How to Cope in a Financial and Tech Tsunami Driven by Blockchain and Crypto Economics?

22 November, 2017

Original source: IntelligentHQ

Part 1 Mapping the global Digital Economy and How this is affecting Governments and Financial institutions

This article reflects on the challenges and problems that are coming with emergent Financial and decentralised tech blockchain and AI driven. These new disruptive innovation models are sort of a Tsunami that will affect all the social, financial, regulatory and economic fabrics of civilisation.

The world economy and financial industry are only in their early days of digitalisation and already being profoundly disruptive. We are going through a wave of emergent disruptive fintech systems and blockchain and AI decentralised models. At the moment there is a process of digitalisation / Tokenisation / “Cryptolisation” of the economy/ financial industry. The question is how these new digital models of decentralised and distributed finance and economics, can impact the society both in a positive and negative ways and what risks they bring us.

We can call this new model Cryptoeconomics or Tokenomics. Cryptoeconomics comes from two words: Cryptography and Economics. Josh Stark defines cryptoeconomics in the following way:

“Cryptoeconomics is the use of incentives and cryptography to design new kinds of systems, applications, and networks (…) it is not a subfield of economics, but rather an area of applied cryptography that takes economic incentives and economic theory into account. Bitcoin, ethereum, zcash and all other public blockchains are products of cryptoeconomics.” ( Stark, Josh, in Coindesk, 2017)

This new model of crypto economics is faster than anything seen and is driven by decentralised technologies and innovative (and more “democratic”) financial methods such as token systems, technological forks, ICOs, and a whole array of new elements such as smart contracts, tokens, digital paradigms of new identity, DLT, DAO systems and so forth. Cryptoeconomics is still in its inception thus, it has an exponential potential of growth, embedded in its DNA.

To measure the seriousness of this just listen to an interview with Bloomberg at The Year Ahead summit in New York, by Citigroup CEO Michael Corbat. This leading CEO of a global major financial organisation recently predicted that bitcoin’s threat to the financial system will lead to state-sponsored digital currencies, as governments will have no choice.

Part 2. The Next Tsunami of an Emerging Black Swan? Plus Exponential Growth!

The impact of this growth can be seen through the eyes of Nassim Taleb’s black swan metaphor, as no one saw cryptoeconomics coming our way, at such a fast pace. The black swan theory is a theory that describes how an event that comes as a surprise, has a major effect, and is often inappropriately rationalized after the fact with the benefit of hindsight. The term is based on an ancient saying which presumed black swans did not exist, but the saying was rewritten after black swans were discovered in the wild.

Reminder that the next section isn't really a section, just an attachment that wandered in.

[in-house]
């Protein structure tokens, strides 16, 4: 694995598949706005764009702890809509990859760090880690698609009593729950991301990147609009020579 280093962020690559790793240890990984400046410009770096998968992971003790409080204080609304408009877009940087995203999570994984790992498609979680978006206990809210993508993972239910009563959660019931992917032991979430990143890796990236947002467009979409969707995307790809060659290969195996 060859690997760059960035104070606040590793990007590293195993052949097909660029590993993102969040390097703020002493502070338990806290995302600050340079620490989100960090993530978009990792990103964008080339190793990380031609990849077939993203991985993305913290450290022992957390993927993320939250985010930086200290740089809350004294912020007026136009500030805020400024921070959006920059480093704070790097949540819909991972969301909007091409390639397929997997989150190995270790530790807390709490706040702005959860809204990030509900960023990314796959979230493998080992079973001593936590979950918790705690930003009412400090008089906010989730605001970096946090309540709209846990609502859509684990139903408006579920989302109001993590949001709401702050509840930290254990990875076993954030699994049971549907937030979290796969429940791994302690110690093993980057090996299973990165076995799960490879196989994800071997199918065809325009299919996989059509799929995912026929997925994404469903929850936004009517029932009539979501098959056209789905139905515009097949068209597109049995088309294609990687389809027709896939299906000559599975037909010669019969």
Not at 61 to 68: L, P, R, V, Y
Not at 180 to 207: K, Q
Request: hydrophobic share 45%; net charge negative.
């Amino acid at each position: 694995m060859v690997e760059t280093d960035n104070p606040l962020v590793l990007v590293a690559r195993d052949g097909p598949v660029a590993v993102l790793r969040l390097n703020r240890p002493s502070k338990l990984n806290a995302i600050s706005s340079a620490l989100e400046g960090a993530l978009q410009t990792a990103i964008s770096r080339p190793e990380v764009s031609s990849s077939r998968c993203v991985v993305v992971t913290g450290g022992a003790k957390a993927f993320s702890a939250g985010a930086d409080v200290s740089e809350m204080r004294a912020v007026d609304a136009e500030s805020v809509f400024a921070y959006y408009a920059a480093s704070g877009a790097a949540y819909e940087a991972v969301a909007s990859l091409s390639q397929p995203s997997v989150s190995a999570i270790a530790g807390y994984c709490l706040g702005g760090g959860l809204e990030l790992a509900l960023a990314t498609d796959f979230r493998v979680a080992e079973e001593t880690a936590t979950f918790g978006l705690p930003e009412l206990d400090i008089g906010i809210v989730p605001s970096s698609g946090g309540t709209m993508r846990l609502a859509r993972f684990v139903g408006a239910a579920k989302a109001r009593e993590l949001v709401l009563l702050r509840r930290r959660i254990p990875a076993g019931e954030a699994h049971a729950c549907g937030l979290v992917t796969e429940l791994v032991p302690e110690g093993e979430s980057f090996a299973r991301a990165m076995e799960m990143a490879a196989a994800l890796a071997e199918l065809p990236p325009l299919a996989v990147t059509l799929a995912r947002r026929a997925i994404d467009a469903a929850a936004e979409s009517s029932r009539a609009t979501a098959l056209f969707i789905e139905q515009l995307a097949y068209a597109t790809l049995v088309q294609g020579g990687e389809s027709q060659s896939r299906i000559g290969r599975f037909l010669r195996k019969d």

When Sakamoto wrote his white paper, not even a decade ago (on the aftermath of the 2007 Financial Crisis), no one was expecting that it would have such an impact on the world. The pace at which blockchain and Crypto-economics as a whole, are growing is so accelerated that is becoming disruptive, because it touches technology, financial models, society models and governmental models. It matches the disruptive pace of the technological innovation / acceleration we live in nowadays, but in many ways, it is overwhelming, and we are not prepared for it. And this disruption is and will have a major impact in the financial industry as a whole and the established traditional models such as central banks and so forth.

We are talking about an exponential growth that in a change per instant or unit of time — such as the value of a mathematical function is proportional to the function’s current value, resulting in its value at any time being an exponential function of time, i.e., a function in which the time value is the exponent.

“I think that we are about to see massive disruptions,” IMF Managing Director Christine Lagarde told CNBC about developments in financial technologies Lagarde didn’t rule out that the IMF could at some point develop its own cryptocurrency.

What we have nowadays is an exponential growth of new fintech and crypto economics models, special with the number of the crypto economics. To reflect on this we have to look at the numbers. The entire cryptocurrency market capitalization industry-wide as of 19th November 2017 comprehends around 1301 Cryptocurrencies, distributed through 6739 Markets reached over a Market Cap of: $236,675,140,539 with an average 24h Vol: $7,755,202,654. This has a crypto currency Dominance of BTC: 56.6%, according to coinmarketcap.

This is a huge increase when compared with the $40 billion market cap number at the beginning of 2017. In many cases if we look at this in pure financial history facts we are close to a financial bubble. But the challenge is that according to major experts including Goldman Sachs analysts these numbers are still in its infancy and will reach over 1 trillion USD in coming next 2 years.

But this is nothing. The total number of global cryptocurrency transactions is still growing and it might or will surpass the $1 trillion mark in 2017, according to a new study by Juniper Research. Bearing in mind that the world economy is around 80 trillion this is now not a detail of some cyber punk technology geeks. This needs to have a serious look and financial organisations and governments have to put the explosive growth in cryptocurrency in perspective, and look at the collateral things that come with this. $1 trillion of transactions is roughly 15 times the total number of transactions registered in 2016. But the growth is still in its early days as of September 2017 the official number of crypto wallets is only around 15 million. What happens if it reaches 100 million?